Apple faces French complaint over iPhone advertising tool

  • iOS
  • Tuesday, 09 Mar 2021

France Digitale’s move comes after a group of French online advertisers filed a complaint with the country’s competition authority, asking it to halt Apple’s changes to how iPhone users’ data is collected. — Bloomberg

Apple Inc’s advertising tool used to monetise some of its own apps and services is the target of a new complaint in France.

France Digitale, a lobby group representing startups and venture capital firms, filed the complaint on Tuesday, saying that Apple’s own advertising system doesn’t seek a user’s consent for receiving targeted ads. The complaint focuses on an Apple feature called Personalised Advertising that shows ads in the App Store, Apple News, and the Stocks app, based on a user’s data.

The complaint comes as Apple is preparing to release an iPhone and iPad software update that limits how much data third-party advertising systems, such as those from Facebook Inc, can gather about users. Unlike that feature, Apple’s personalised advertising system is enabled by default. Users are “insufficiently informed about the use and the processing of its personal data”, the association wrote in the complaint to the French regulator CNIL, which was obtained by Bloomberg News.

“Apple keeps the right to choose who is a “partner” and who is a “third party” in an arbitrary manner, a quality which may change over time, without the user being informed of such a change,” France Digitale wrote in its complaint, claiming the company is seeking to use data it collects and uses.

The Apple feature is different from the App Tracking Transparency feature that has irked Facebook and others, but France Digitale alleges that Apple still has a leg up over third-parties on iPhone app-based advertising.

“The allegations in the complaint are patently false and will be seen for what they are, a poor attempt by those who track users to distract from their own actions and mislead regulators and policymakers,” Apple said in a statement. “Transparency and control for the user are fundamental pillars of our privacy philosophy, which is why we’ve made App Tracking Transparency equally applicable to all developers including Apple. Privacy is built into the ads we sell on our platform with no tracking.”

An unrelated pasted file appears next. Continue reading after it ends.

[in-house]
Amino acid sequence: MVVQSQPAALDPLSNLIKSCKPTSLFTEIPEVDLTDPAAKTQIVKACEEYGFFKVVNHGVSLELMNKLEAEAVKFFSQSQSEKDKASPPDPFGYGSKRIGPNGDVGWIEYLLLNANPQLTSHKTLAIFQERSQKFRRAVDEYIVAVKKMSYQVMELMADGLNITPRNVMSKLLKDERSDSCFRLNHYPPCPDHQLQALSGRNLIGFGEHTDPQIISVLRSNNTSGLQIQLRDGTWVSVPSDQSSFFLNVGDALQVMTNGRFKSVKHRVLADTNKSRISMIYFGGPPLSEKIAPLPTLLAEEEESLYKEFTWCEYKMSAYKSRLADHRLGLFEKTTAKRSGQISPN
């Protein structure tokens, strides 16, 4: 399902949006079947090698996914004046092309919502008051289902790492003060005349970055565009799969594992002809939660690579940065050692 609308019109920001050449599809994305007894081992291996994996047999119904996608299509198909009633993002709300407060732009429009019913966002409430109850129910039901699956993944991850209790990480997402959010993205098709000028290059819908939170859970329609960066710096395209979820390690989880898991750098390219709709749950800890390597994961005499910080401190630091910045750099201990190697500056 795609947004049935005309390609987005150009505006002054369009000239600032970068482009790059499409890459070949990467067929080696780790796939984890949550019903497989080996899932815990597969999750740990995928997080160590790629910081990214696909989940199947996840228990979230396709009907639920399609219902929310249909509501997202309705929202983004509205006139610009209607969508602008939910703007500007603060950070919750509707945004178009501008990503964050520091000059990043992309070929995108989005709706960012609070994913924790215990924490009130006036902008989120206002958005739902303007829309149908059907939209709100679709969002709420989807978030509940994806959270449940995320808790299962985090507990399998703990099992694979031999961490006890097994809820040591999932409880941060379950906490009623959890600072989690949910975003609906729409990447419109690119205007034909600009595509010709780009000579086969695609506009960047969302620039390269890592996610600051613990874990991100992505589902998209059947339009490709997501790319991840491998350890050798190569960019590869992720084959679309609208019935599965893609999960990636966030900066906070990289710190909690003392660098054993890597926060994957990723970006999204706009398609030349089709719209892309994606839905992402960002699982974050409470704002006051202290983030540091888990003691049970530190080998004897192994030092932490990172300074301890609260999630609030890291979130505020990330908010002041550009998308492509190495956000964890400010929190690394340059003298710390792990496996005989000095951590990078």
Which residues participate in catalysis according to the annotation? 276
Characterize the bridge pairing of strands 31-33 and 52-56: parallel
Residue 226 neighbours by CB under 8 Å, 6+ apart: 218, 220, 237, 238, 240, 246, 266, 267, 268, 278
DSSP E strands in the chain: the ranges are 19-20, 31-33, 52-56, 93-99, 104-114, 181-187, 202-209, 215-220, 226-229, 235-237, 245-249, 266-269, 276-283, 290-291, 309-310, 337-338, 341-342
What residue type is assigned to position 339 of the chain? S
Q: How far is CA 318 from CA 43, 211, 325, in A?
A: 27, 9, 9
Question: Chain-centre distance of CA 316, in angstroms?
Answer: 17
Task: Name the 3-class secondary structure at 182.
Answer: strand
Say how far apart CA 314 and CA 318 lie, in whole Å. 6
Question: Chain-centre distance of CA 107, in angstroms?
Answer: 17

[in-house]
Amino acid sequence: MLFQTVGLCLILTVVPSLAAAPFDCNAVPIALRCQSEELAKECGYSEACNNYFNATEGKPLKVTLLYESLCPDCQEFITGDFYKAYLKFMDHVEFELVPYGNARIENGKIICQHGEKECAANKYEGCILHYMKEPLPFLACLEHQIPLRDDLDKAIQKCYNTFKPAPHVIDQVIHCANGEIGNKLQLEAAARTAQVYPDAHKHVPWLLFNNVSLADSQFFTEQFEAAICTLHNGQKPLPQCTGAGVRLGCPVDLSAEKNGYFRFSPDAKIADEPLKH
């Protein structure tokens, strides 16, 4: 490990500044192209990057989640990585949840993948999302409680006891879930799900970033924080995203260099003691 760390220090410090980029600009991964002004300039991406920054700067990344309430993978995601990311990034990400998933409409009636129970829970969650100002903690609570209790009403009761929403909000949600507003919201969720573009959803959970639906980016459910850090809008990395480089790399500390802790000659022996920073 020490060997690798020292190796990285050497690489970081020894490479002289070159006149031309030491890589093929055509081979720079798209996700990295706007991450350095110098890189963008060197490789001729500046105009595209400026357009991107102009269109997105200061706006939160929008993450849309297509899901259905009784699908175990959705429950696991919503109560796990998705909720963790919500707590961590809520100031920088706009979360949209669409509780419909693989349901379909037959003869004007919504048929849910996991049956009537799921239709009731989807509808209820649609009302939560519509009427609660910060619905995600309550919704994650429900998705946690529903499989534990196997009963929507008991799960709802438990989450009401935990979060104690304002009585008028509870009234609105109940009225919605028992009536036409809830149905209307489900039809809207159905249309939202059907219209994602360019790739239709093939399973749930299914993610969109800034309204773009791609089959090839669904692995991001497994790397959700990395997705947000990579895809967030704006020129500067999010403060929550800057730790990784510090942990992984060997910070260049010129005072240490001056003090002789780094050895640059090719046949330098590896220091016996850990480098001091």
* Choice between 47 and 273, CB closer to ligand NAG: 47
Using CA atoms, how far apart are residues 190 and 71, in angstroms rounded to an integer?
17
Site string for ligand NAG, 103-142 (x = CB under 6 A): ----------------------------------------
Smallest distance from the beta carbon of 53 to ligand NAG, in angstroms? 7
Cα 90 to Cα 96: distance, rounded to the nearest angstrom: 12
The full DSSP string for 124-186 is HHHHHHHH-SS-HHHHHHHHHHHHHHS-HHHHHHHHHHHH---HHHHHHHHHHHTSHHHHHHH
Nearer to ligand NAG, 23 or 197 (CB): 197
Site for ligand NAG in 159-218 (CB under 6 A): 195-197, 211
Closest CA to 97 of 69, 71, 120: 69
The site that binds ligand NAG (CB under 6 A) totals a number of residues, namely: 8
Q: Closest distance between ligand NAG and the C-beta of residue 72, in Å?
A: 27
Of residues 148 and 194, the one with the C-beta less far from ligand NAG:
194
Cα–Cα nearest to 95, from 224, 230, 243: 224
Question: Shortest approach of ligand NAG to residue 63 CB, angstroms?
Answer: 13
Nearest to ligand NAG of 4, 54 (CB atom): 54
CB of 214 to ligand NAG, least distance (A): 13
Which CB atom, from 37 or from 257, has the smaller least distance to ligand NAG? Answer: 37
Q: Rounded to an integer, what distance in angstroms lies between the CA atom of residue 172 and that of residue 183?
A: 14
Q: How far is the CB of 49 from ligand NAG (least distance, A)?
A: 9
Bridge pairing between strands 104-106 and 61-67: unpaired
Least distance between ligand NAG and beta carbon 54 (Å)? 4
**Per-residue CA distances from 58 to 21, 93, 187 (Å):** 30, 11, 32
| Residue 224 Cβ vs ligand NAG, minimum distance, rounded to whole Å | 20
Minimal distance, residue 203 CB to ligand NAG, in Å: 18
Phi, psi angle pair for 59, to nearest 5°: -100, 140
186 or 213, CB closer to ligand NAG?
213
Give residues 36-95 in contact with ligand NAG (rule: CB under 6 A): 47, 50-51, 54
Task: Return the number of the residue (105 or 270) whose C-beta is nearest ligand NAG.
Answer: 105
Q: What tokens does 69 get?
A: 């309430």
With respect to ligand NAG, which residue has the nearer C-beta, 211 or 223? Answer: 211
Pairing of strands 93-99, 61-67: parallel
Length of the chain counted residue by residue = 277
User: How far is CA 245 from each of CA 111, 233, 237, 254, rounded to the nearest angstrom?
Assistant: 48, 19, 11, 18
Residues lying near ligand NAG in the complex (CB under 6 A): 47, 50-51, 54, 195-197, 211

Apple also said its advertising system does not track users across apps, the practice that App Tracking Transparency is designed to limit.

“When users have Personalised Ads on, we target ads by grouping together users who share similar characteristics such as apps downloaded, age, country or city of residence, and gender into segments, so that a given campaign or set of campaigns can’t identify a given user,” according to a recent letter from Jane Horvath, Apple’s head of privacy.

France Digitale’s move comes after a group of French online advertisers filed a complaint with the country’s competition authority, asking it to halt Apple’s changes to how iPhone users’ data is collected. The group of four advertising lobbies said the changes violated European Union rules on user consent, saying Apple can still deliver personalised advertising via a default setting, holding itself to a different standard.

The French watchdog’s ruling on the advertisers complaint is expected shortly and could potentially require changes in Apple’s software update plans for users in the country. The UK’s competition authority last week said it opened a probe into Apple after complaints that its terms and conditions for app developers were anti-competition and unfair. The CMA said it would review it Apple has a dominant position in the distribution of apps on its devices in the UK.

“All our startups are regularly controlled by CNIL. It is totally abnormal that this world giant is not on the same level playing field” for privacy, Nicolas Brien, who heads France Digitale, said in an interview.

The French complaint follows the November push by Noyb against Apple. The group, founded by privacy activist Max Schrems, filed a complaint to German and Spanish privacy watchdogs, saying Apple unlawfully installed a service on its devices that helps it and apps track users’ behaviour. – Bloomberg

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